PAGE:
Methods: A matched cohort study was performed. Stroke patients with PD and non-PD controls were extracted from the Thailand Universal Insurance Database. Logistic regressions were used to evaluate the association between PD and in-hospital outcomes (mortality and complications). The PD-associated long-term mortality was evaluated using Royston-Parmar models.
Results: A total of 1967 patients with PD were identified between 2003 and 2015 and matched to controls (1:4) by age, sex, admission year, and stroke type. PD patients had decreased odds of in-hospital death: OR (95% CI) 0.66 (0.52 – 0.84) and 0.61 (0.43 – 0.85) after ischaemic and haemorrhagic strokes, respectively. PD was associated with a length-of-stay greater than median (4 days) after both stroke types: 1.37 (1.21 – 1.56) and 1.45 (1.05 – 2.00), respectively. Ischaemic stroke patients with PD also had increased odds of developing pneumonia, sepsis and AKI: 1.52 (1.2 – 1.83), 1.54 (1.16 – 2.05), and 1.33 (1.02 – 1.73). In haemorrhagic stroke patients, PD was associated with pneumonia: 1.89 (1.31 – 2.72). Survival analyses showed that PD was protective against death in the short term (HR=0.66; 95% CI 0.53–0.83 ischaemic, and HR=0.50; 95% CI 0.37 – 0.68 haemorrhagic stroke), but leads to an increased mortality risk approximately 1 and 3 months after ischaemic and haemorrhagic stroke, respectively.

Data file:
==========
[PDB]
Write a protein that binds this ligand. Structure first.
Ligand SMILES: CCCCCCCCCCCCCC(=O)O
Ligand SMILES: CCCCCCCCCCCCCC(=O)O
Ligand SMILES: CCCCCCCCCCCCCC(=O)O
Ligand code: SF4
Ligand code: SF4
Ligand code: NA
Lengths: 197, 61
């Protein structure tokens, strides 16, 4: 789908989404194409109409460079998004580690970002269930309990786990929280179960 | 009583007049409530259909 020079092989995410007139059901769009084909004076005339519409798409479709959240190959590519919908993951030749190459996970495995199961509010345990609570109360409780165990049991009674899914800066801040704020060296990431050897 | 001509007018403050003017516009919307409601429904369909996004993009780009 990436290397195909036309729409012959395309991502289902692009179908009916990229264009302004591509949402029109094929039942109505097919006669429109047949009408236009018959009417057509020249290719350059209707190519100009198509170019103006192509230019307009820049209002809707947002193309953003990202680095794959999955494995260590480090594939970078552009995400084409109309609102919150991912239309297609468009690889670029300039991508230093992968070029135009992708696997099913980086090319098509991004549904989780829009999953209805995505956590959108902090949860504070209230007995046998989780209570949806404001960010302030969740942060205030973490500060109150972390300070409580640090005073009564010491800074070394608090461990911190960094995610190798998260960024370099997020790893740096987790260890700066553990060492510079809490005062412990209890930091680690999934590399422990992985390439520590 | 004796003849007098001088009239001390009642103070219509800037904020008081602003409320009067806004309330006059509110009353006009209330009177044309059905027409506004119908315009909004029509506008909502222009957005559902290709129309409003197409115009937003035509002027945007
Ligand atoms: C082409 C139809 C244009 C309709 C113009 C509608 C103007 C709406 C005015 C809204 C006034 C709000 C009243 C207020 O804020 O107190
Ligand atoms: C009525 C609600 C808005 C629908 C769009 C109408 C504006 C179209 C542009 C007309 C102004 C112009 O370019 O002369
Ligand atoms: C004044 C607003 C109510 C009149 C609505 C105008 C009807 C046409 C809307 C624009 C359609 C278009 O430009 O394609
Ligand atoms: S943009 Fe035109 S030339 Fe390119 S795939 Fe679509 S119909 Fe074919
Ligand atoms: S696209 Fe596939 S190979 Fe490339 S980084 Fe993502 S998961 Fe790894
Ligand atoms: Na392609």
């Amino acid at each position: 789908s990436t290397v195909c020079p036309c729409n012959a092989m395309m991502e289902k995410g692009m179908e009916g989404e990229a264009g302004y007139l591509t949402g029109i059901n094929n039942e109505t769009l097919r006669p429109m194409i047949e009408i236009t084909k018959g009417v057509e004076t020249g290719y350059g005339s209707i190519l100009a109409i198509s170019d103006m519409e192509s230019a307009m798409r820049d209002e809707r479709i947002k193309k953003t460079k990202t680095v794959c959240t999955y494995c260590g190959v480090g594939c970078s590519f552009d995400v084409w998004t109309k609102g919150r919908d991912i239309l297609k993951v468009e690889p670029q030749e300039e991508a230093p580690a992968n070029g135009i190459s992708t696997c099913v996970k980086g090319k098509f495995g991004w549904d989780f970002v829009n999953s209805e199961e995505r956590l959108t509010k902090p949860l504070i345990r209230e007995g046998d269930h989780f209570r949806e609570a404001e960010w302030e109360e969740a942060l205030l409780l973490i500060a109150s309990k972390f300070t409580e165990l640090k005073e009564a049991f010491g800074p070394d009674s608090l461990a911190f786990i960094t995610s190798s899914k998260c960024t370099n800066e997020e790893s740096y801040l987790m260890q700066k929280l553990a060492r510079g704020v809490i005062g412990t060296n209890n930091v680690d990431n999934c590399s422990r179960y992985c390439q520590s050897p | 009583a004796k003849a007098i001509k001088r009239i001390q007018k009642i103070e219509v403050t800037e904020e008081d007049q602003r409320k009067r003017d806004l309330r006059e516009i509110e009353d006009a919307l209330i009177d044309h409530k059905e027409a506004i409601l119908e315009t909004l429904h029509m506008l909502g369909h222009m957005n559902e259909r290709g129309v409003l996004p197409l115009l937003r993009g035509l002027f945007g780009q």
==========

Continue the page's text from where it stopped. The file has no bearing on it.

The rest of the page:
Conclusion: PD is associated with a reduced mortality risk during the first 2–4 weeks post-admission but an increased risk thereafter, in addition to increased odds of in-hospital complications and prolonged hospitalisation.
|Journal||Journal of Stroke & Cerebrovascular Diseases|
|Early online date||10 May 2020|
|Publication status||Published - Jul 2020|
- Haemorrhagic stroke
- Ischaemic stroke
- Matched cohort study
- Parkinson's disease
- Norwich Medical School - Associate Professor
- Epidemiology and Public Health - Member
- Health Services and Primary Care - Member
- Norwich Clinical Trials Unit - Member
- Public Health and Health Services Research - Member
Person: Research Group Member, Academic, Teaching & Research